Conservation Groups Challenge EPA’s Reversal on Utah Regional Haze Plan
SALT LAKE CITY, UT —
Today, a coalition of conservation groups filed a petition for review in the 10th U.S. Circuit Court of Appeals challenging the U.S. Environmental Protection Agency’s rollback of pollution-control requirements under Utah’s regional haze plan. Also this week, the groups plan to submit a petition to reconsider this change to the incoming Biden administration.
In 2016, the Environmental Protection Agency (EPA) found Utah’s haze reduction plan was inadequate because it did not require the level of emissions reductions achievable through the best available retrofit technology (BART) for PacificCorp’s Hunter and Huntington power plants in Emery County. These neighboring plants in central Utah are two of the largest sources of pollution in the country and are responsible for haze pollution in all of Utah’s iconic national parks, including Arches, Bryce Canyon, Canyonlands, Zion, and Capitol Reef, as well as numerous national parks and wilderness areas beyond Utah’s borders.
In addition to haze-causing nitrogen oxide and sulfur dioxide pollution, the Hunter and Huntington plants are significant sources of climate pollution, together emitting nearly 15 million tons of carbon dioxide in 2019 — equivalent to the average annual emissions of approximately 3 million passenger vehicles. With its 2016 decision, the EPA required modern pollution control upgrades for the two plants that would have reduced nearly 10,000 tons of nitrogen oxide pollution.
Last October, the EPA reversed itself and accepted a revised plan that gave Utah credit for the earlier retirement of a different, 60-year old coal plant and other prior emission reductions improvements, negating — on paper — the need for upgrades at Hunter and Huntington.
“EPA’s about-face approval of Utah’s ‘alternative’ to BART controls does nothing to reduce harmful pollution from the Hunter and Huntington plants,” said Earthjustice attorney Jenny Harbine. “We’re asking EPA to restore requirements for PacifiCorp to do its part to reduce Utah’s air pollution problems, and we are prepared to argue our case in court if EPA does not properly address these two massively polluting coal plants.”
The petition to the 10th U.S. Circuit Court of Appeals notes that EPA’s decision will allow these plants to continue pollution at current levels indefinitely — despite congressional mandates to reduce pollution “as expeditiously as practicable” at such outdated plants.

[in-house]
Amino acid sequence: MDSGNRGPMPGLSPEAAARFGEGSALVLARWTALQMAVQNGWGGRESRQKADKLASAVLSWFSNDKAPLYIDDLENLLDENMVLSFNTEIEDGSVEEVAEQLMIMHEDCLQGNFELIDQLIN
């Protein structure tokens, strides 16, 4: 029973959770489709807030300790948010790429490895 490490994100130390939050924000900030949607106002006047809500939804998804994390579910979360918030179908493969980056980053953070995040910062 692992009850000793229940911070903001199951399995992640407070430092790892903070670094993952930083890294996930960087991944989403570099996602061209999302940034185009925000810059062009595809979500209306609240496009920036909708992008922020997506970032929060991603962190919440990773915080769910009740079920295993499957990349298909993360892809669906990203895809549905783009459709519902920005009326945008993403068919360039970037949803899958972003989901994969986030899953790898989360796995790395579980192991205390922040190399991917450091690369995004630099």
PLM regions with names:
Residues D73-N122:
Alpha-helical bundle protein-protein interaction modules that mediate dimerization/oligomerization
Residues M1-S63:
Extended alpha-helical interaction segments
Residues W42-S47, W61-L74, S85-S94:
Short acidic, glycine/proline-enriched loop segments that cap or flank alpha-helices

Earthjustice and attorney John Barth represent National Parks Conservation Association, Sierra Club, HEAL Utah, and Utah Physicians for a Healthy Environment.
“EPA regulators have a clear choice: They can regulate for the benefit of the people who live in Utah, who breathe here, who pay taxes here, who raise their families here, and plan for a future for their grandchildren here, or they can allow Rocky Mountain Power to benefit at the cost to the rest of us,” said Dr. Brian Moench, President & Founder Utah Physicians for a Healthy Environment. “We ask the EPA — which will it be?”
“These rollbacks mean preventable air pollution will now continue to plague our state and make its way into national parks, affecting visitors and obscuring the views of Utah’s famous landscapes.” said Cory MacNulty, southwest associate director for the National Parks Conservation Association. “The Trump administration has given Utah’s biggest polluters the green light to continue to contaminate the air we breathe. We urge the Biden administration to act swiftly and reconsider this irrational plan.”
“Rolling back pollution-protection measures ignores science and props up industry while sacrificing public health and the airsheds of our national parks,” said Carly Ferro, Director at the Sierra Club’s Utah Chapter. “To protect public health and the environment, the EPA must safeguard our air quality, which impacts communities’ quality of life. For too long, PacifiCorp’s Hunter and Huntington coal plants have been allowed to operate and harm our state and planet; it is time they do their part to act on climate because we all call Earth our home.”